Astroturfing is advocacy, often in support of a political or corporate agenda appearing as "grassroots" social movements. The goal here is to disguise the efforts of a political, commercial or other entity, as an independent public reaction to a politician, political group, product, service or event. Astroturfing may be orchestrated by political consultants who specialize in opposition research. Astroturfing may be by an individual promoting a personal agenda, or highly organized professional groups. Astroturfers orchestrate the actions of apparently diverse and geographically distributed individuals, by both overt and covert means. Beneficiaries are distant organizations that orchestrate such campaigns, not grass root campaigners. Astroturfing is also known as "rent-a-crowd." It has become easier to structure computerized activism and commercial astroturfing campaign in the electronic era because the cost and effort is so low.
The term astroturfing is a derivation of AstroTurf, a brand of synthetic carpeting designed to look like natural grass, that is, astroturfing refers to imitating or faking popular grassroots opinion or behaviour. Astroturfing is prohibited by the national associations for members of the public-relations and communication profession in the United States, Australia and the UK respectively through the code of ethics of the Public Relations Society of America, the Public Relations Institute of Australia and the Chartered Institute of Public Relations. Astroturfing is a technique where a few people attempt to give the impression that mass numbers of enthusiasts advocate some specific cause. The People's Republic of China has employed paid astroturfing bloggers, known as red vests, red vanguar, or the 50 Cent Party, a reference to the 5 mao they are paid for each supportive post.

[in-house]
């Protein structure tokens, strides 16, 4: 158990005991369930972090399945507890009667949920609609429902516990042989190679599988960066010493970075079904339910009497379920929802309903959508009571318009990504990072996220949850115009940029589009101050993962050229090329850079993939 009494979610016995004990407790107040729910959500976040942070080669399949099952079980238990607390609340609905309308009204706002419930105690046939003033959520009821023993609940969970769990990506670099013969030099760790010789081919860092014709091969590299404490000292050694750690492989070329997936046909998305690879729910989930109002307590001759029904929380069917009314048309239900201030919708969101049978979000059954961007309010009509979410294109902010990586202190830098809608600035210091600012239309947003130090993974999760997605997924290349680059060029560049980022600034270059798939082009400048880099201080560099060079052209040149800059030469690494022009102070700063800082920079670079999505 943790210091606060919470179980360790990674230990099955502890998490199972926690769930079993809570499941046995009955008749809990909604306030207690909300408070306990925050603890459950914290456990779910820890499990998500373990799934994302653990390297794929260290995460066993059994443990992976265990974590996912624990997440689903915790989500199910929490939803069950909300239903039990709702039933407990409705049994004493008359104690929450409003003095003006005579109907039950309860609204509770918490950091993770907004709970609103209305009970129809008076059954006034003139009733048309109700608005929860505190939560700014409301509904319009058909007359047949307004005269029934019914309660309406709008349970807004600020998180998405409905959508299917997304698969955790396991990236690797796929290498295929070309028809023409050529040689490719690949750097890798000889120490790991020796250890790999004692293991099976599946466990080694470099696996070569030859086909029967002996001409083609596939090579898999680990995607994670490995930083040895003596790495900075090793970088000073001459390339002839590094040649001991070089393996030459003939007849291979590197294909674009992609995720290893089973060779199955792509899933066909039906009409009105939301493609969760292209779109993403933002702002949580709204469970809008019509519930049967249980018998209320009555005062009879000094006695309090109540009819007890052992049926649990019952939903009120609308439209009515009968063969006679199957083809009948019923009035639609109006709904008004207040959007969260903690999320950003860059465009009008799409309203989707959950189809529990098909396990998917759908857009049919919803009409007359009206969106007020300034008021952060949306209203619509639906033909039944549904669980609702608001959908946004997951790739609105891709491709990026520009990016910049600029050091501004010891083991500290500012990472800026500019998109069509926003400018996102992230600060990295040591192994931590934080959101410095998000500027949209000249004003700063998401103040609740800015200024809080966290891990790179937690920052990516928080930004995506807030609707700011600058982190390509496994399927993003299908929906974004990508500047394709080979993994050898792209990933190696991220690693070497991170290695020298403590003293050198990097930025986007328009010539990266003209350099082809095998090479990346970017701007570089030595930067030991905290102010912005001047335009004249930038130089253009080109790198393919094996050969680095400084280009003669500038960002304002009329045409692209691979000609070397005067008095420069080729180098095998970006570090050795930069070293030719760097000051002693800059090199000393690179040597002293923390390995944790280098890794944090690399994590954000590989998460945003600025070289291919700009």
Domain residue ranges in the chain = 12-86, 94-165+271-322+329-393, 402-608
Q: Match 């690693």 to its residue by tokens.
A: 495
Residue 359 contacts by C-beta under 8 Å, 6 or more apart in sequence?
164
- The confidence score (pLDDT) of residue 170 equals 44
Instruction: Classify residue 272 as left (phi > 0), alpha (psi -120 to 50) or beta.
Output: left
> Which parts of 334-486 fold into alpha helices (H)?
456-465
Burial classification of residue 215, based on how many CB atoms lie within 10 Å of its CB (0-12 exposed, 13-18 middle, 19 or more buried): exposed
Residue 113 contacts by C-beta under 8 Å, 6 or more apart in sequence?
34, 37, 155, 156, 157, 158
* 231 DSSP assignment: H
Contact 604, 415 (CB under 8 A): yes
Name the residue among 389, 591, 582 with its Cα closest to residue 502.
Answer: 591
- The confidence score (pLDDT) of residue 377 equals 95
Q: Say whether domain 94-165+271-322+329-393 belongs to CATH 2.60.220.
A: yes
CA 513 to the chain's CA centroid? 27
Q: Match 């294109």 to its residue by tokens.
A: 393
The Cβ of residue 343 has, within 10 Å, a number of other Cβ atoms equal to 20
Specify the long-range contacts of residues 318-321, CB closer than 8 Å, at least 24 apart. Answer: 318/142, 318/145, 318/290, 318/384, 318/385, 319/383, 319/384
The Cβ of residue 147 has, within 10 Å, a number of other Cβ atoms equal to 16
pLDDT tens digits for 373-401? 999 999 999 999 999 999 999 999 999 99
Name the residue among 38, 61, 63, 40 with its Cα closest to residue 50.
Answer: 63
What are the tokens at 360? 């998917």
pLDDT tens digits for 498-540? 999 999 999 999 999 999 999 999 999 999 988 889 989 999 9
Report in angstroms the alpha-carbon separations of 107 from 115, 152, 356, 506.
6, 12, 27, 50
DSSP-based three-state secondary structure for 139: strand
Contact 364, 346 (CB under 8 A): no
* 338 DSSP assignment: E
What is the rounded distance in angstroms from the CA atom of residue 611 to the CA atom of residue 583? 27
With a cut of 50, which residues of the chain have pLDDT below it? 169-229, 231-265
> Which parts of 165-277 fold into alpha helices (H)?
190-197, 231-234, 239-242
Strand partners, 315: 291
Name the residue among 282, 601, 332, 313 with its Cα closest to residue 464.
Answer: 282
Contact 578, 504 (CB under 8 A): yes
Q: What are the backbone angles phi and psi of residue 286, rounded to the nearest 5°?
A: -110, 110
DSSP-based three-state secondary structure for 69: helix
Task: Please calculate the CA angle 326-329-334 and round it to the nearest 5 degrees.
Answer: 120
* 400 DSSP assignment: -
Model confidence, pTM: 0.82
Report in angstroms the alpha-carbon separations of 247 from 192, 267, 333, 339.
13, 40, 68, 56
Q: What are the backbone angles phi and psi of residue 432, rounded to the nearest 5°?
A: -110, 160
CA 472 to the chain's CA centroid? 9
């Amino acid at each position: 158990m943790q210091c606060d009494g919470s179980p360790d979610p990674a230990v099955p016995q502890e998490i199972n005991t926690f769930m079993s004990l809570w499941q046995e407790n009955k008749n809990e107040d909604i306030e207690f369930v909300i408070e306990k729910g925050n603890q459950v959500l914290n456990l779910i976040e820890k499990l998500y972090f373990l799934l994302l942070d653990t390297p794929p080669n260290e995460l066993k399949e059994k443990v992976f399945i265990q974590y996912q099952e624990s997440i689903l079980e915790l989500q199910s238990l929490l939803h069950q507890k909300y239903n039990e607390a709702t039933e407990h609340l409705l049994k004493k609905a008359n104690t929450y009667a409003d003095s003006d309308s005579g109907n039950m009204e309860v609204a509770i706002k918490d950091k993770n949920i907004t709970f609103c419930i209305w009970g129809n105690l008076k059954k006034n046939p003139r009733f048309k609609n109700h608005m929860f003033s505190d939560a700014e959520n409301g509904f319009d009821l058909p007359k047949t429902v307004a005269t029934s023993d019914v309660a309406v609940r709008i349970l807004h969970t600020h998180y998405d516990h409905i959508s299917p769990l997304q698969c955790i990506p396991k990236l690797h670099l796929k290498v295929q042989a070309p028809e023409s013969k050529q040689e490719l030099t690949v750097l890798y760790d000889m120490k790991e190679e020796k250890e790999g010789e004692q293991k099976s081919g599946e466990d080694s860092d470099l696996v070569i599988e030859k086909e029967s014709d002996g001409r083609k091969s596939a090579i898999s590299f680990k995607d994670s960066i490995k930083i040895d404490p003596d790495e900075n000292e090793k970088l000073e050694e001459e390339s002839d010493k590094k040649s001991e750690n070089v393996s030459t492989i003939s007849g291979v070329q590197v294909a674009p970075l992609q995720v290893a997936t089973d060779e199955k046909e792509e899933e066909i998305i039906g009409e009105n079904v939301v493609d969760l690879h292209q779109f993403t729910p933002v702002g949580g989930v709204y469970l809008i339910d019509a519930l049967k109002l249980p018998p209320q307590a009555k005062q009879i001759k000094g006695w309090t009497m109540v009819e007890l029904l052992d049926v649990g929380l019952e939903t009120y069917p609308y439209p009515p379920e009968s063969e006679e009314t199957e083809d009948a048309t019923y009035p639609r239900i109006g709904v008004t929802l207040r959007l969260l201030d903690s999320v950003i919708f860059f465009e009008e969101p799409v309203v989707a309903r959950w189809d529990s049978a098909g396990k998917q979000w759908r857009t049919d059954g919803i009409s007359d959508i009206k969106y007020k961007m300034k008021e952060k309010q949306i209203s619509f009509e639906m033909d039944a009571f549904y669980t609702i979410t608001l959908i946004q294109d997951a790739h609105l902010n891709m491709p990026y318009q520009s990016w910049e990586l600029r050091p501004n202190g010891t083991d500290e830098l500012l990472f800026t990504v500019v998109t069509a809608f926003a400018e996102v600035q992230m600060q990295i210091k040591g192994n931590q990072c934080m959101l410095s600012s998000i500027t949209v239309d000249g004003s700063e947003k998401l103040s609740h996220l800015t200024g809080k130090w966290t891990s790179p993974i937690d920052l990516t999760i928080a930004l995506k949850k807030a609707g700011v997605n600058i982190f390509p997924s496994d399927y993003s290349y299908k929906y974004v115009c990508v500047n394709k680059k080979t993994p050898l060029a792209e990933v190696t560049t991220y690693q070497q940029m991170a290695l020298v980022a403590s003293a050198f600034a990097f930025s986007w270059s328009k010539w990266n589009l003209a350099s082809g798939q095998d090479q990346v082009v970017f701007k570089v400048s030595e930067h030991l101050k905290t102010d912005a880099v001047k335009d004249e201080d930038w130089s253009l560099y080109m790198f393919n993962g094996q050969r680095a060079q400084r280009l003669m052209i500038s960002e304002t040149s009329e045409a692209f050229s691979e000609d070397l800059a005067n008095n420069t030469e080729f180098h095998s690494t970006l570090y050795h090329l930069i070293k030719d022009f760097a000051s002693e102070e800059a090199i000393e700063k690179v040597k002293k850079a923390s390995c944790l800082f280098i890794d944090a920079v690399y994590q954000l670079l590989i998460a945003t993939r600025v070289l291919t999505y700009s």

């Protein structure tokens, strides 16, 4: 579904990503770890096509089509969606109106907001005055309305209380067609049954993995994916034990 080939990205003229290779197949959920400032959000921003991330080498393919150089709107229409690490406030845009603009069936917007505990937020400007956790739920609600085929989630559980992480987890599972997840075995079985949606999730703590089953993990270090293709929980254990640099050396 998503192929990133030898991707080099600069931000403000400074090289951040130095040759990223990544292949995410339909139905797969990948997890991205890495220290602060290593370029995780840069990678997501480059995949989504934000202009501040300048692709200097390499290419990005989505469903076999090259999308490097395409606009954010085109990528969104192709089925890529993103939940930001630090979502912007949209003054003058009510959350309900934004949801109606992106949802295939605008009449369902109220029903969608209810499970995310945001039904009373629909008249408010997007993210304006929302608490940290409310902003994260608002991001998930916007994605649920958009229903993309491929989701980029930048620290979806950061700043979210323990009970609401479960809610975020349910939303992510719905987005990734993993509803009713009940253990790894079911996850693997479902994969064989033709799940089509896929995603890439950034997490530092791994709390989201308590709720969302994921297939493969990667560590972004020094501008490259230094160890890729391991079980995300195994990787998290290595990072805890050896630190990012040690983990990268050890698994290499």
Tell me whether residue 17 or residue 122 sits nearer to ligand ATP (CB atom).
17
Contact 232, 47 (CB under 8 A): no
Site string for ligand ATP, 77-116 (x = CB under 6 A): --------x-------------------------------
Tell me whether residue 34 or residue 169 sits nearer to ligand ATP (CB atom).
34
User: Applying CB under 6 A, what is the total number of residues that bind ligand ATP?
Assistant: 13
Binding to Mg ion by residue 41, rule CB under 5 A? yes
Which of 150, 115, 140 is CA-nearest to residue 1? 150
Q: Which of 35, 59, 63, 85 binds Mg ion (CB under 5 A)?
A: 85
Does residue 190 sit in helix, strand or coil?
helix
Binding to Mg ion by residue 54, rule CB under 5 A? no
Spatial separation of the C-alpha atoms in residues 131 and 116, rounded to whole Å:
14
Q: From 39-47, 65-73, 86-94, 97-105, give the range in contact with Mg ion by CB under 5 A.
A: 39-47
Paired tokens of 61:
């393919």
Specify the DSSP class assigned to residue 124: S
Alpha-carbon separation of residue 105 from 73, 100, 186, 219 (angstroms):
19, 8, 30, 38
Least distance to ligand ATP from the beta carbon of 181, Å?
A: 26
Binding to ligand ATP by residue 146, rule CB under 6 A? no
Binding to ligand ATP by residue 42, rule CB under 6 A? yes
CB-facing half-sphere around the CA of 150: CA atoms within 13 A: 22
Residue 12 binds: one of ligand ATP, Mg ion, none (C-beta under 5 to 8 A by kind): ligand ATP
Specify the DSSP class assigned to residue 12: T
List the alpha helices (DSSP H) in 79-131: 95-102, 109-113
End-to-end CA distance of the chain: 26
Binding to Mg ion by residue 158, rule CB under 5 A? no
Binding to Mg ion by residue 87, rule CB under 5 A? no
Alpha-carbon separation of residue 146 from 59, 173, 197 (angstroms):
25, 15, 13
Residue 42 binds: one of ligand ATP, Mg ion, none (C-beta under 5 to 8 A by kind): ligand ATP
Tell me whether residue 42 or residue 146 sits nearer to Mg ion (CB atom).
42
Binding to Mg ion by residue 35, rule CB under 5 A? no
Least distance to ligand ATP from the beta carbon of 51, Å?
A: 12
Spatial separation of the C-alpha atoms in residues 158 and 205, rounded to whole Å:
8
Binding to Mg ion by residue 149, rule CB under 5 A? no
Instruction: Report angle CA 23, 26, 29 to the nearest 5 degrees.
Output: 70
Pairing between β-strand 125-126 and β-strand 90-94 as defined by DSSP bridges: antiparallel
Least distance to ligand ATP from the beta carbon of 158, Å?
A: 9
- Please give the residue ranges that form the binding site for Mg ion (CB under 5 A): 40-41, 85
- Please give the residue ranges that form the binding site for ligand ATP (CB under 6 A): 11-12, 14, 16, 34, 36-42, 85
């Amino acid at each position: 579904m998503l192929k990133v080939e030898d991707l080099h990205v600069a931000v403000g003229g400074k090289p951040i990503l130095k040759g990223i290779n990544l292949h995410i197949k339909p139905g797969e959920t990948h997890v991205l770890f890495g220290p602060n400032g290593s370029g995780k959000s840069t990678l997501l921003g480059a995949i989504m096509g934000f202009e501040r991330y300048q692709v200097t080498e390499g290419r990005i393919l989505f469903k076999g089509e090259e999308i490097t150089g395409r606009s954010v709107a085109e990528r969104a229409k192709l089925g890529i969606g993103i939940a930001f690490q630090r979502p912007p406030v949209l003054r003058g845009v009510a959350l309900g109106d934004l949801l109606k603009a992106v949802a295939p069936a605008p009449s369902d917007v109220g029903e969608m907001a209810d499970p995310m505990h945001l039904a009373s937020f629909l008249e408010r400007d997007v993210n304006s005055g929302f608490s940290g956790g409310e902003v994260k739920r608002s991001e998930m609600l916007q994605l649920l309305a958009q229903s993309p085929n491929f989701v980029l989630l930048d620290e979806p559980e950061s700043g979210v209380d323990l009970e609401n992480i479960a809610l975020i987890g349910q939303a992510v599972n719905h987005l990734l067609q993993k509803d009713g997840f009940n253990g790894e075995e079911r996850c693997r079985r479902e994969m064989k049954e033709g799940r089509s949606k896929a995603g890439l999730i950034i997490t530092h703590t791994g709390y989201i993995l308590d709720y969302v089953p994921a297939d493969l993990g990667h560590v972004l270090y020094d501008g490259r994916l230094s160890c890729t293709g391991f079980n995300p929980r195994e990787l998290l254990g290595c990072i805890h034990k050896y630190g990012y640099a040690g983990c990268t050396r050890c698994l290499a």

In 1998, television ads and phone-banks were used to simulate "grassroots"
opposition to a bill aimed at discouraging teenage smoking. According to The New York
Times, "Those smokers who are reached by phone banks sponsored by cigarette makers,
or who call the 800 number shown in television ads, are patched through to the senator of
In 2003, "grass-roots" letters favouring Republican Party policies appearing in local newspapers around the US were denounced as "astroturf", Google searches revealed that identical letters were printed with different signatures.
Black propaganda is information that purports to be from
a source on one side of a conflict, but is actually from the opposing side. In business,
astroturfing is one form of stealth marketing, which can include the manipulation of viral
Journalist Ben Smith of The Politico has observed, "Interest groups across the spectrum have grown expert at locating, enraging and turning out authentic Americans. And the operatives behind the crowds say there's nothing wrong with a practice as old as American politics."